Elongated styloid processes and calcified stylohyoid ligaments in a patient with neck pain: Implications for manual therapy practice

Bart N. Green, LCDR Kristin M. Browske, CAPT Michael D. Rosenthal

Research output: Contribution to journalArticlepeer-review

10 Scopus citations

Abstract

Objective: The purpose of this paper is to present a case of a patient with neck pain, tinnitus, and headache in the setting of bilateral elongated styloid processes (ESP) and calcified stylohyoid ligaments (CSL), how knowledge of this anatomical variation and symptomatic presentation affected the rehabilitation management plan for this patient, and to discuss the potential relevance of ESPs and CSLs to carotid artery dissection. Clinical features: A 29-year-old male military helicopter mechanic presented for chiropractic care for chronic pain in the right side of his neck and upper back, tinnitus, and dizziness with a past history of right side parietal headaches and tonsillitis. Conventional radiographs showed C6 and C7 spinous process fractures, degenerative disc disease at C6/7, and an elongated right styloid process with associated calcification of the left stylohyoid ligament. Volumetric computerized tomography demonstrated calcification of the stylohyoid ligaments bilaterally. Intervention and outcome: Given the proximity of the calcified stylohyoid apparatus to the carotid arteries, spinal manipulation techniques were modified to minimize rotation of the neck. Rehabilitation also included soft tissue mobilization and stretching, corrective postural exercises, and acupuncture. An otolaryngologist felt that the symptoms were not consistent with Eagle syndrome and the tinnitus was associated with symmetric high frequency hearing loss, likely due to occupational noise exposure. Initially, the patient's symptoms improved but plateaued by the fifth visit. Conclusion: Neck pain in the presence of ESPs and CSLs can be associated with Eagle syndrome, which can include ipsilateral head and neck pain, odynophagia, dysphagia, and cerebrovascular symptoms. This case, initially thought to be Eagle syndrome, highlights proper diagnostic workup for this condition and presents potential contraindications to consider with regard to cervical spine manipulation in such patients. Manual therapy precautions pertaining to cervical spine manipulation may be appropriate in cases involving ESPs and calcified stylohyoid ligaments.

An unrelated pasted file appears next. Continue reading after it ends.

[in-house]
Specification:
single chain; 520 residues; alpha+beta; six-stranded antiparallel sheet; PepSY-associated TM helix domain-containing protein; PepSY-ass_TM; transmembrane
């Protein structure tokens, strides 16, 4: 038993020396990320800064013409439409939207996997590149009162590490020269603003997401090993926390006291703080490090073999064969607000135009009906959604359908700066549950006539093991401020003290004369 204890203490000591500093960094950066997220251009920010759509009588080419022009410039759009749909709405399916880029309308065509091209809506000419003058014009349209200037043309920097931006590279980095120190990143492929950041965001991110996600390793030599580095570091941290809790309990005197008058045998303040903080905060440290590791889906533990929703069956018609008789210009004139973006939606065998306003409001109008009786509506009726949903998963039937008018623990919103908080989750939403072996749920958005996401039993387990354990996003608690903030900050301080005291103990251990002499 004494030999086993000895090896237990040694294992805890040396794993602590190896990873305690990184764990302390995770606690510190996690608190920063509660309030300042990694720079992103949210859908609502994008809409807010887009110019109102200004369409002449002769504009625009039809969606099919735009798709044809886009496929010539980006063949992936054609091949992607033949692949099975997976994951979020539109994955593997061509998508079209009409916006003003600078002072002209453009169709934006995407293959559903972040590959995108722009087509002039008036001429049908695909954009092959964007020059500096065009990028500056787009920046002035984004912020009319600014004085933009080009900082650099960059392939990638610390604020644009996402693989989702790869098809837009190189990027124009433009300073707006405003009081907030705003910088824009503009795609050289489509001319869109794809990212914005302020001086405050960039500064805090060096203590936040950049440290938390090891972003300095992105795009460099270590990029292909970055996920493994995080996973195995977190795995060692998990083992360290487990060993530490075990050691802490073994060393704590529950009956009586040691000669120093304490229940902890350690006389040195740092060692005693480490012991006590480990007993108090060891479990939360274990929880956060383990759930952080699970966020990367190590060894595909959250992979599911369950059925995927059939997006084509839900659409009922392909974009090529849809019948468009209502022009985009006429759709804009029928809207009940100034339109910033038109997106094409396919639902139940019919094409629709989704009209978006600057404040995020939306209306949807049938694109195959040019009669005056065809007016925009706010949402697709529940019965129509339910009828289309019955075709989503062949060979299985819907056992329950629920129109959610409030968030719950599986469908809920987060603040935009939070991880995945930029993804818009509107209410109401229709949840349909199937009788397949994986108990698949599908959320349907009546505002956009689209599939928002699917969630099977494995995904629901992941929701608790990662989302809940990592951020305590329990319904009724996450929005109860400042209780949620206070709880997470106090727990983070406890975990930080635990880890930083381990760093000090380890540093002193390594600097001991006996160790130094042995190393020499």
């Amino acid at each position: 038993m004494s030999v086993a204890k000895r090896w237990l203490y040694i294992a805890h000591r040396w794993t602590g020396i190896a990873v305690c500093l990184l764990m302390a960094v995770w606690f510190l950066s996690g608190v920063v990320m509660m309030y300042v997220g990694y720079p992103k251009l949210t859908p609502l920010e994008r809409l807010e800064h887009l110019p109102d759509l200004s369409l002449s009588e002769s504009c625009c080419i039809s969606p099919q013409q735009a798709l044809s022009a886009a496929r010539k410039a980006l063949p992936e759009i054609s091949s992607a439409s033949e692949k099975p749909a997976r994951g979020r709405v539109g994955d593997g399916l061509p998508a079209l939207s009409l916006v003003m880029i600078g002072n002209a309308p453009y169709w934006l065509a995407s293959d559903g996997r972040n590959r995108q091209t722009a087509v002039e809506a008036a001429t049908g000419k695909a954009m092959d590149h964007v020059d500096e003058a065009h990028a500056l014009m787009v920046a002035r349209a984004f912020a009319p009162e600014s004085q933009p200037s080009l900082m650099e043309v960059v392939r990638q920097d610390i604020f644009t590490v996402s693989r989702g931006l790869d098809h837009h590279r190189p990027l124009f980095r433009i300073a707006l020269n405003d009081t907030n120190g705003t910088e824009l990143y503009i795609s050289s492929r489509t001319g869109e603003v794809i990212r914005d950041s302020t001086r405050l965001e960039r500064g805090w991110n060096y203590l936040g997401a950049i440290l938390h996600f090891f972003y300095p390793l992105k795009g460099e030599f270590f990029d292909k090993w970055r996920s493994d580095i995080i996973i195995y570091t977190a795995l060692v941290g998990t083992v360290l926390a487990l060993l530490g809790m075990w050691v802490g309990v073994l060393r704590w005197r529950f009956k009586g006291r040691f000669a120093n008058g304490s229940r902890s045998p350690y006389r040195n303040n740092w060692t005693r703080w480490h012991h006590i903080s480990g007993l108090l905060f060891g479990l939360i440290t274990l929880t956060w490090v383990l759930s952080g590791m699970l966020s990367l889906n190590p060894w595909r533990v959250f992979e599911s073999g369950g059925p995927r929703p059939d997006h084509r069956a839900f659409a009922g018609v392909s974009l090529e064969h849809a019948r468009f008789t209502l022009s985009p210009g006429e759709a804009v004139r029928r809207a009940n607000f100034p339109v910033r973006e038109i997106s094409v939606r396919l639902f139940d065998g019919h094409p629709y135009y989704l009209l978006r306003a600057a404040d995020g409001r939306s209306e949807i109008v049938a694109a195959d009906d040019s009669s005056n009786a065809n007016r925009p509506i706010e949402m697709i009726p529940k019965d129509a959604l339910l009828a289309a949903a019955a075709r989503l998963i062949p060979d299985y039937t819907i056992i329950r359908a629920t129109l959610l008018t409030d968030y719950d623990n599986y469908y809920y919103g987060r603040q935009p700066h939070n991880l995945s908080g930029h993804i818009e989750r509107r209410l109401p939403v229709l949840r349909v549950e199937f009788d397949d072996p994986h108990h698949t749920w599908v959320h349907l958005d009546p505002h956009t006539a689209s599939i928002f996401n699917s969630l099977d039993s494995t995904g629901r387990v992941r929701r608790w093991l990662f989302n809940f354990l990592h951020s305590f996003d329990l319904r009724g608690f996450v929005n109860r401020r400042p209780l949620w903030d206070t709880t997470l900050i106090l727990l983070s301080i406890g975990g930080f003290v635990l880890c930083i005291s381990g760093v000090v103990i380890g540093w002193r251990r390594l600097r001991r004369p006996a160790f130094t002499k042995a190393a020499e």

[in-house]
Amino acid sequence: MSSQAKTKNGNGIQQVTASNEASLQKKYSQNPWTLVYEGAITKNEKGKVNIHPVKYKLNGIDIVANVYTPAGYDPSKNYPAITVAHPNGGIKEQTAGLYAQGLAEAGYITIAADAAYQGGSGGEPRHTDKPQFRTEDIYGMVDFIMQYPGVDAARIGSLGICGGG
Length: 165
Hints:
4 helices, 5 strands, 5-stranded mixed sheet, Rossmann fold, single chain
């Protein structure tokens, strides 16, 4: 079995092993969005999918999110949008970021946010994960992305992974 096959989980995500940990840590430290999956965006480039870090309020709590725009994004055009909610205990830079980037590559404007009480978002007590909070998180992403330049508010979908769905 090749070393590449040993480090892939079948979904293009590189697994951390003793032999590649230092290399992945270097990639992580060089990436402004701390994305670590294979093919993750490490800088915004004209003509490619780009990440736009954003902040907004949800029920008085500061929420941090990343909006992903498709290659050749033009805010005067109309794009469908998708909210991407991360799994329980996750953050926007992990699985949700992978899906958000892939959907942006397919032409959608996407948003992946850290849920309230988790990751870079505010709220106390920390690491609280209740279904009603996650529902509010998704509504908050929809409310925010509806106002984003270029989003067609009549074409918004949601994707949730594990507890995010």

Original languageEnglish (US)
Pages (from-to)128-133
Number of pages6
JournalJournal of Chiropractic Medicine
Volume13
Issue number2
DOIs
StatePublished - Jun 2014
Externally publishedYes

Keywords

  • Carotid artery, internal
  • Elongated styloid process syndrome
  • Manipulation, spinal
  • Neck pain

ASJC Scopus subject areas

  • Chiropractics

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